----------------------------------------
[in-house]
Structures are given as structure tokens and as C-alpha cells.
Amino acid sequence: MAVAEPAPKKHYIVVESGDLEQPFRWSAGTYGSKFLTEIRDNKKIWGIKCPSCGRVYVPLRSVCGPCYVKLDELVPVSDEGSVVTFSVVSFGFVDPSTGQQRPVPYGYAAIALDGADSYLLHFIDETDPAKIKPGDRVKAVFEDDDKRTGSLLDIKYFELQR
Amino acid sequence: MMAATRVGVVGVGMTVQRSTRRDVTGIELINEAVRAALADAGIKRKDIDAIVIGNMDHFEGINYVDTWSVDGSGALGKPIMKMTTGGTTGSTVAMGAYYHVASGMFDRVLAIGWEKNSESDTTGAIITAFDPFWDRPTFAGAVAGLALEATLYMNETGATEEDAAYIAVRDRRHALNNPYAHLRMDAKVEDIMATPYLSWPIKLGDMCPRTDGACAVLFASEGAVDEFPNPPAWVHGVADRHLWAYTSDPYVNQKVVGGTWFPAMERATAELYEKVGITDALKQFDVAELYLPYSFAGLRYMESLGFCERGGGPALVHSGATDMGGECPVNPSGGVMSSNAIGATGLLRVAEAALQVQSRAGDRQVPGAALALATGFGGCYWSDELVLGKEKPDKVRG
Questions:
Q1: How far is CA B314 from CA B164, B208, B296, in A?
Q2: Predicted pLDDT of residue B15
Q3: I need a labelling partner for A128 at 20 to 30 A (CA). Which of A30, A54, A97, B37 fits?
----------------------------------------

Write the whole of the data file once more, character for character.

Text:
[in-house]
Structures are given as structure tokens and as C-alpha cells.
Amino acid sequence: MAVAEPAPKKHYIVVESGDLEQPFRWSAGTYGSKFLTEIRDNKKIWGIKCPSCGRVYVPLRSVCGPCYVKLDELVPVSDEGSVVTFSVVSFGFVDPSTGQQRPVPYGYAAIALDGADSYLLHFIDETDPAKIKPGDRVKAVFEDDDKRTGSLLDIKYFELQR
Amino acid sequence: MMAATRVGVVGVGMTVQRSTRRDVTGIELINEAVRAALADAGIKRKDIDAIVIGNMDHFEGINYVDTWSVDGSGALGKPIMKMTTGGTTGSTVAMGAYYHVASGMFDRVLAIGWEKNSESDTTGAIITAFDPFWDRPTFAGAVAGLALEATLYMNETGATEEDAAYIAVRDRRHALNNPYAHLRMDAKVEDIMATPYLSWPIKLGDMCPRTDGACAVLFASEGAVDEFPNPPAWVHGVADRHLWAYTSDPYVNQKVVGGTWFPAMERATAELYEKVGITDALKQFDVAELYLPYSFAGLRYMESLGFCERGGGPALVHSGATDMGGECPVNPSGGVMSSNAIGATGLLRVAEAALQVQSRAGDRQVPGAALALATGFGGCYWSDELVLGKEKPDKVRG
Questions:
Q1: How far is CA B314 from CA B164, B208, B296, in A?
Q2: Predicted pLDDT of residue B15
Q3: I need a labelling partner for A128 at 20 to 30 A (CA). Which of A30, A54, A97, B37 fits?